• 100. Tea Dough  |  January 15, 2010 at 4:27 am

    Amazing, point!

  • 101. Shannon  |  January 15, 2010 at 4:29 am

    I hate this entire line of reasoning, though – let's say that ALL the children who come from gay and lesbian people themselves become gay and lesbian. SO?!?!?!?!?!?! The underlying premise is that GAY = BAD and we should try to minimize the number of gay people who exist as much as possible. Which ties in with the "but it's biological, don't worry!" argument that annoys the s**t out of me. We can never fully challenge heterosexism and homophobia as long as we're agreeing with the premise of minimizing our own existence and indirectly agreeing that "don't worry, more people won't be gay than is biologically necessaray".

  • 102. Lymis  |  January 15, 2010 at 4:29 am

    "If it’s all so flippin’ for children to be raised by their bio parents, and all children who aren’t are damaged goods, why did God choose an ADOPTED child to lead the Israelites out of Egypt?"

    Umm… Jesus had a stepdad and his mom wasn't married when she conceived. Blended families can't raise decent kids?

  • 103. yael  |  January 15, 2010 at 4:29 am

    what a bunch of tools come on prop8 people this is just sick

  • 104. Shannon  |  January 15, 2010 at 4:30 am

    Yeah… I so hear you on that. Probably not healthy. But it is what it is!

  • 105. truthspew  |  January 15, 2010 at 4:30 am

    I love how the social scientists and psych scientists make the proponents of Prop 8 look like the bigoted jerks that they are.

    That they as someone else puts it, cherry picked research from the 50's to the 70's clearly indicates that they are all kindred spirits of Senator Joseph McCarthy, who himself was a vile piece of the proverbial excrement.

  • 106. Lymis  |  January 15, 2010 at 4:32 am

    "The defense has seriously disappointed me this past week. I thought they were here to protect the ban on marriage, not prove they were so very wrong to have the ban in the first place."

    If you are disappointed now, wait until they trot out their experts, who are going to be roasted on cross-examination.

    Practice now saying to yourself "This is the best they can come up with?"

  • 107. Lymis  |  January 15, 2010 at 4:34 am

    Even if it is important, it isn't critical, or demonstrated ability to lactate would be a prerequisite for heterosexual marriage.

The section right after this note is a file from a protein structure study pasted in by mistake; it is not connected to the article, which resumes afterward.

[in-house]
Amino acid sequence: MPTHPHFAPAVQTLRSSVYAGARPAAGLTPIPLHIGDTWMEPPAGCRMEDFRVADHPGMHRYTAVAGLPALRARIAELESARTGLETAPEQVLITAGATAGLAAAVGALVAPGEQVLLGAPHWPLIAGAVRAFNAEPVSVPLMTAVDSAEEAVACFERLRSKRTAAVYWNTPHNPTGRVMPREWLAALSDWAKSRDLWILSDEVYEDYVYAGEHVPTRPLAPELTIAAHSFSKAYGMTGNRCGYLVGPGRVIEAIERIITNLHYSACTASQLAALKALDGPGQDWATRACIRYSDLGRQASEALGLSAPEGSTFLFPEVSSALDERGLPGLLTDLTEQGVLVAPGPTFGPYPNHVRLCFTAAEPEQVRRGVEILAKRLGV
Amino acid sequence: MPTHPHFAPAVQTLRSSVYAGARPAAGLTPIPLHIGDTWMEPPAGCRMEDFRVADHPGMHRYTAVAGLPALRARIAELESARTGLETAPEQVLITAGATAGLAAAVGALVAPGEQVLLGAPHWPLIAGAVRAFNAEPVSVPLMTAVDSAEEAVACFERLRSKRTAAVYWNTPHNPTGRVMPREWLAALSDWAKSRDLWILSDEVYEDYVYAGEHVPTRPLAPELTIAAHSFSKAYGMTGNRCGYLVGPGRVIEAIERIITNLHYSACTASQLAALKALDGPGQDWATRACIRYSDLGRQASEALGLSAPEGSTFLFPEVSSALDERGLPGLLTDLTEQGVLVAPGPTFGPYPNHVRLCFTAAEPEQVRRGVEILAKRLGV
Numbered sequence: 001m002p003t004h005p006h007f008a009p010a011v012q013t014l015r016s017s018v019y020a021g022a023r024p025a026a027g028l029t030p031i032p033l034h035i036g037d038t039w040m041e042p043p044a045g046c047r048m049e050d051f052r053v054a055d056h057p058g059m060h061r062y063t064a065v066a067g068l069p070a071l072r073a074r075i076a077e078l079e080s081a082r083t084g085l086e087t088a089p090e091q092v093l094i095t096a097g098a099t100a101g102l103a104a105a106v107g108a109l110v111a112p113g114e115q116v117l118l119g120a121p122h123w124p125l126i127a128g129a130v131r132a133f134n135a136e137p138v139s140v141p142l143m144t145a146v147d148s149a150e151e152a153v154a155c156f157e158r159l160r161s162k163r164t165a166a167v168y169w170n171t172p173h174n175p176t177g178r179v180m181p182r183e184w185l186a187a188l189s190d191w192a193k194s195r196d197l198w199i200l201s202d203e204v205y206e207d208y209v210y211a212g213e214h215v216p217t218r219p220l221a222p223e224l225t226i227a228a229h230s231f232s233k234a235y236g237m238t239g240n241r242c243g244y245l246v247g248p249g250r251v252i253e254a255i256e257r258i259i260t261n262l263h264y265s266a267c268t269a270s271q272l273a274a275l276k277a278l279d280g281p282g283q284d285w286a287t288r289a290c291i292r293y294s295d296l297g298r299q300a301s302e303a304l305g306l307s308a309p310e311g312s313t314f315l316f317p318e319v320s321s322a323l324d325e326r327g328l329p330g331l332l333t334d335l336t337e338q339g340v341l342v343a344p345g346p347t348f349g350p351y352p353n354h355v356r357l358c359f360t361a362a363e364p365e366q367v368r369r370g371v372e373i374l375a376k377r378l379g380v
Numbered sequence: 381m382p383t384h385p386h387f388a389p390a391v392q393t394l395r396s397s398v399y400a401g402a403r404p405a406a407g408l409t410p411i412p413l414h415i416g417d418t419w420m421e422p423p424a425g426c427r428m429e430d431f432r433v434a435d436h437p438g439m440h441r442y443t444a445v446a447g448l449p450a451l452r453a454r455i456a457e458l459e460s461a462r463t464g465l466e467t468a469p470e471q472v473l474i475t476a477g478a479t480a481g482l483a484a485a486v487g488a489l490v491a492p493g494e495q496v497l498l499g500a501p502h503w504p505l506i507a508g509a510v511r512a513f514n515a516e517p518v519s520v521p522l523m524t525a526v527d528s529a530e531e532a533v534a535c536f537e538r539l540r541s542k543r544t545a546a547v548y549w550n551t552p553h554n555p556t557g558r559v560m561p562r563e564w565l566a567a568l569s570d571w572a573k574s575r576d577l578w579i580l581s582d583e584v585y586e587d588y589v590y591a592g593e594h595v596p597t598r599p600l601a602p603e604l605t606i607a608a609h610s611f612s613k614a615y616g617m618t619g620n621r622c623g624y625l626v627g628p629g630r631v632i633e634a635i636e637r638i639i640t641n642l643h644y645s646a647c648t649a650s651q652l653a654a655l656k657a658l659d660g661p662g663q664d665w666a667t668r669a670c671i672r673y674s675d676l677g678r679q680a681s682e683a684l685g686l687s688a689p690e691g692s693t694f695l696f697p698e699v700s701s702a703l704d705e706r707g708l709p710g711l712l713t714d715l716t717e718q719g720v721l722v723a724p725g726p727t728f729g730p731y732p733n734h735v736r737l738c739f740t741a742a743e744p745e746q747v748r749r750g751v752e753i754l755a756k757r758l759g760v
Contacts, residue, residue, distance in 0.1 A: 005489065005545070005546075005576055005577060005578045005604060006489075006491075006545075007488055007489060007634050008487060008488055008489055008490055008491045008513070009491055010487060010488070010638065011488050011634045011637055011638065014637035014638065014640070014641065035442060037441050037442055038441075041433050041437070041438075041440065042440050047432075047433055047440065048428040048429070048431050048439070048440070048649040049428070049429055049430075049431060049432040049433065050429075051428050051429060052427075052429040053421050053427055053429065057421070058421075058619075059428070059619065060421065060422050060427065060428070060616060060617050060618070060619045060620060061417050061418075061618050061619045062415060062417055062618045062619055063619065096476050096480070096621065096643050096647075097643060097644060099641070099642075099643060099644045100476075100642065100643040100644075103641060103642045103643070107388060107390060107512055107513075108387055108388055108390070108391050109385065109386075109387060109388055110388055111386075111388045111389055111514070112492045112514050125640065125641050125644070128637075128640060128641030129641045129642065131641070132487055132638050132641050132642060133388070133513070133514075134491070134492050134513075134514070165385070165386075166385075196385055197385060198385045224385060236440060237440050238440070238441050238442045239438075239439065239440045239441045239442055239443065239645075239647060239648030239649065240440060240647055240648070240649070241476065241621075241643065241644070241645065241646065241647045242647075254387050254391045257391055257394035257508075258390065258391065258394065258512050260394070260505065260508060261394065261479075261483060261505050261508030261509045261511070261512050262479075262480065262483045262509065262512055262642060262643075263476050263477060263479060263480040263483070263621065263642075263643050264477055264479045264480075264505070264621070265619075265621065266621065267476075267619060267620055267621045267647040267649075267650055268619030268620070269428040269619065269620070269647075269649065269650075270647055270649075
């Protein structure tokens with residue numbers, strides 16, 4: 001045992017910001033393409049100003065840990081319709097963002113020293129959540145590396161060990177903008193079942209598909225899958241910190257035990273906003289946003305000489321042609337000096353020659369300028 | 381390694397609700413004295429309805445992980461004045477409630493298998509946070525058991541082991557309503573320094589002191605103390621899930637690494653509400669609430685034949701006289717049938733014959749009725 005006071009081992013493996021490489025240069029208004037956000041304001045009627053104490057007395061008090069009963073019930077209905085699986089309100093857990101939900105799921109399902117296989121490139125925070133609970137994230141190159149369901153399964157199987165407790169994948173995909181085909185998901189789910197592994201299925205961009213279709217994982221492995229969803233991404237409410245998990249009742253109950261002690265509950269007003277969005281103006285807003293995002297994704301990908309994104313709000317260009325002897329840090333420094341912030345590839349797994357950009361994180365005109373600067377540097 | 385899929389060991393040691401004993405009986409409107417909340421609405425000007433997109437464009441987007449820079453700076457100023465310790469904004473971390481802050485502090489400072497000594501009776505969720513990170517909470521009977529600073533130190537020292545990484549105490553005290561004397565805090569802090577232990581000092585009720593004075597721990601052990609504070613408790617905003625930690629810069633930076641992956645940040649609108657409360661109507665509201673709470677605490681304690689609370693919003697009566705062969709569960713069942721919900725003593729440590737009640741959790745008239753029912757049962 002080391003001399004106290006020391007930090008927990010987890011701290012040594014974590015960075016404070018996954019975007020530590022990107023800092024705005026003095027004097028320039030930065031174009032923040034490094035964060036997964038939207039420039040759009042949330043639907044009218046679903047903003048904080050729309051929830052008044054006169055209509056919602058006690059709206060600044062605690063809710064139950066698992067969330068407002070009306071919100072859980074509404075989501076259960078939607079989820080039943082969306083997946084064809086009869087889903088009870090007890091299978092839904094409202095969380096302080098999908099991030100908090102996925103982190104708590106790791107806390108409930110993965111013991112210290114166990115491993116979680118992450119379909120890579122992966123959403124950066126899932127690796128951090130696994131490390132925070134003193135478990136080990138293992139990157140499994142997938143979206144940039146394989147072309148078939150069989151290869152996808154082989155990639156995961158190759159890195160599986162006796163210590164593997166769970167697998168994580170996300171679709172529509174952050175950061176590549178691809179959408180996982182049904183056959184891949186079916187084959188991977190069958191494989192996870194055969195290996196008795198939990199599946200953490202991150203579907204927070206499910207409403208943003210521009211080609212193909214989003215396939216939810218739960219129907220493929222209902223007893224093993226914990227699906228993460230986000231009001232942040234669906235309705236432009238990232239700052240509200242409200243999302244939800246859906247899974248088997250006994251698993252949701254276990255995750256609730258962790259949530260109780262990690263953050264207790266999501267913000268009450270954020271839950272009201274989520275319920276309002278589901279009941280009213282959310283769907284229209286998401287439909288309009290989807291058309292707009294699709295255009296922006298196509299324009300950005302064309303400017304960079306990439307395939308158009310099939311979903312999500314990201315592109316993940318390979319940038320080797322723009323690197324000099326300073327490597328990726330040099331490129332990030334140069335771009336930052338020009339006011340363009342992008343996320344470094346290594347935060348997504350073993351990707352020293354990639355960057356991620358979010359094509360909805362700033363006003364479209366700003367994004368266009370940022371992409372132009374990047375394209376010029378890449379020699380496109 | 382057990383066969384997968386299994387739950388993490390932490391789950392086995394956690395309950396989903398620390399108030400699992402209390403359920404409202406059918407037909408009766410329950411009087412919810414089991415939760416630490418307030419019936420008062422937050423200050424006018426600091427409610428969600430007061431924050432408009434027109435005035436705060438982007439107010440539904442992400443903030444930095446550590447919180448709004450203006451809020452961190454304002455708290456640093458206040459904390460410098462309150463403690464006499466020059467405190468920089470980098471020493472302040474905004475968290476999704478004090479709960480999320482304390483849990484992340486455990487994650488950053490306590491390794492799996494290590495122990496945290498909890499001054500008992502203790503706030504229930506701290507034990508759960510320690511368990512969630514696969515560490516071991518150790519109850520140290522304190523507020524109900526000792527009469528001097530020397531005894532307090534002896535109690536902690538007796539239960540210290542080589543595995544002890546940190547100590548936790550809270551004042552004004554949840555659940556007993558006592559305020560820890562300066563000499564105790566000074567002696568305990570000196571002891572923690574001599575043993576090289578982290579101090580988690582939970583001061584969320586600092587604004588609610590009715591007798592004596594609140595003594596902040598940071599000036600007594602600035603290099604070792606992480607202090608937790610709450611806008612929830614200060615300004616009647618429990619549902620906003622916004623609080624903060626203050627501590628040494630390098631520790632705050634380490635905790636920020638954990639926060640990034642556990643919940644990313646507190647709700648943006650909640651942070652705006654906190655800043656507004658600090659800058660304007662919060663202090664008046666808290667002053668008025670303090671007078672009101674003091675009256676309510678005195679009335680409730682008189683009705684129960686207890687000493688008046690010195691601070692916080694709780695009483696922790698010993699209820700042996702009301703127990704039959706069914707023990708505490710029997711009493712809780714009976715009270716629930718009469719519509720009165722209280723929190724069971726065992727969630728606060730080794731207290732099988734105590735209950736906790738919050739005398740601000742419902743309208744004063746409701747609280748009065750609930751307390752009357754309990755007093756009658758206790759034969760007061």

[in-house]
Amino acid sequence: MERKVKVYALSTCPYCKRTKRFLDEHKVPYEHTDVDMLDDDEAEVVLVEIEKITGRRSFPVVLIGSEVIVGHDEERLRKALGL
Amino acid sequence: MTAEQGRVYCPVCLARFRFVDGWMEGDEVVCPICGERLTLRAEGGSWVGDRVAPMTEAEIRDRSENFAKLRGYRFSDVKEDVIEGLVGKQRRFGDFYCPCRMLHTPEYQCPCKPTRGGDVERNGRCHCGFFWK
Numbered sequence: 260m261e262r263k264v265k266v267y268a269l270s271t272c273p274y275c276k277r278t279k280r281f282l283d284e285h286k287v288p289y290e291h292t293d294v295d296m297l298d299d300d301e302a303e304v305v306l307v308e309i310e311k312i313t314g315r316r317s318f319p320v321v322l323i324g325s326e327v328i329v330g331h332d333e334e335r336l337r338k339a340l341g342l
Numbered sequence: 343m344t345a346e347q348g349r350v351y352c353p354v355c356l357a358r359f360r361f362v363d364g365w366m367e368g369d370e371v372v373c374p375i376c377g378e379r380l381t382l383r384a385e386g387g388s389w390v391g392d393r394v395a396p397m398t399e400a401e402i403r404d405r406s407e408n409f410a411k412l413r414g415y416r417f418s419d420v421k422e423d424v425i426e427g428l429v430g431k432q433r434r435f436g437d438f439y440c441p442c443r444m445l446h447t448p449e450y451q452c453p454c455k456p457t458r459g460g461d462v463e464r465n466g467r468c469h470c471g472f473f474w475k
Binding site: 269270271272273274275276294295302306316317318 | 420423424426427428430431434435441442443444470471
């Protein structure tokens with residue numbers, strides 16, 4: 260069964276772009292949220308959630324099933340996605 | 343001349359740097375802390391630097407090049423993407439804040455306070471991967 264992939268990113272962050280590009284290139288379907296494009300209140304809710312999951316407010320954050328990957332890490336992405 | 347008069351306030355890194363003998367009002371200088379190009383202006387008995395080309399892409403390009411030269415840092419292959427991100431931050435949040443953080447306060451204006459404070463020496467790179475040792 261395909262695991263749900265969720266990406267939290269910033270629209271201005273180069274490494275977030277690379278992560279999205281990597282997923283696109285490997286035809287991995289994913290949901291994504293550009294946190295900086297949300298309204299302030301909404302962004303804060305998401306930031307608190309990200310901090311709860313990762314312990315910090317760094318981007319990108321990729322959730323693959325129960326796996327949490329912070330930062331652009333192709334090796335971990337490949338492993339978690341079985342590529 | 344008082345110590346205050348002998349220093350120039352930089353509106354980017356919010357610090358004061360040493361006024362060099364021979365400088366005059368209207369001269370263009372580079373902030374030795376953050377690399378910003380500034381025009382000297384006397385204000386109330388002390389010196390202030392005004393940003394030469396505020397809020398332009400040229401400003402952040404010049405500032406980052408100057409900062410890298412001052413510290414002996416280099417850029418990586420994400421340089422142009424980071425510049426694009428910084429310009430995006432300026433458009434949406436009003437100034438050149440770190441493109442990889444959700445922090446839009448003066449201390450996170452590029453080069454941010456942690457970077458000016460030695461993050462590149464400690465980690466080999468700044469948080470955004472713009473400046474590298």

• 108. Michael Herman  |  January 15, 2010 at 4:36 am

    Completely laughable, but no surprise whatsoever. They're going with the "OMG LIBERALS ARE EVIL" bias that the extreme right loves. Unfortunately for them, it only shows desperation on their part. They're running out of arguments because they're all being refuted by the truth.

  • 109. Lymis  |  January 15, 2010 at 4:39 am

    Ah, but men may be abusive, but women don't earn enough, so all lesbians are poor and can't be allowed to marry.

    Obviously, lesbian couples don't meet the federal minimum income requirement for marriage, like all heterosexual couples do.

    Wait, what? There isn't one? Damn. There goes that argument.

  • 110. michael  |  January 15, 2010 at 4:46 am

    I'm there too. Together its crystal clear!

  • 111. Tom  |  January 15, 2010 at 4:49 am

    I know. It's just that it seems so simple to me. Equality, that is. And I'm just confused as to why this meme of "protecting the children" hasn't been effectively countered with "denying marriage equality will have ZERO effect on who children's parents are."

  • 112. Marlene Bomer  |  January 15, 2010 at 4:49 am

    Here's some links, James, and yes, it's regular human milk just like a natal female produces.
    http://en.wikipedia.org/wiki/Male_lactation http://www.momlogic.com/2009/08/men_who_breastfeehttp://www.youtube.com/watch?v=7G826-2p57k

  • 113. michael  |  January 15, 2010 at 4:51 am

    Also soon I expect they will be bringing the Buses around to round up all those "Poor and Mistreated" kids in single parents or non biological households and orphanages. Maybe they will all be opening their own "perfect" homes for them all….. Did you read about the breastfeeding bit. Guess that is going to be forced on all mothers now. Because that is what is "best" for the child.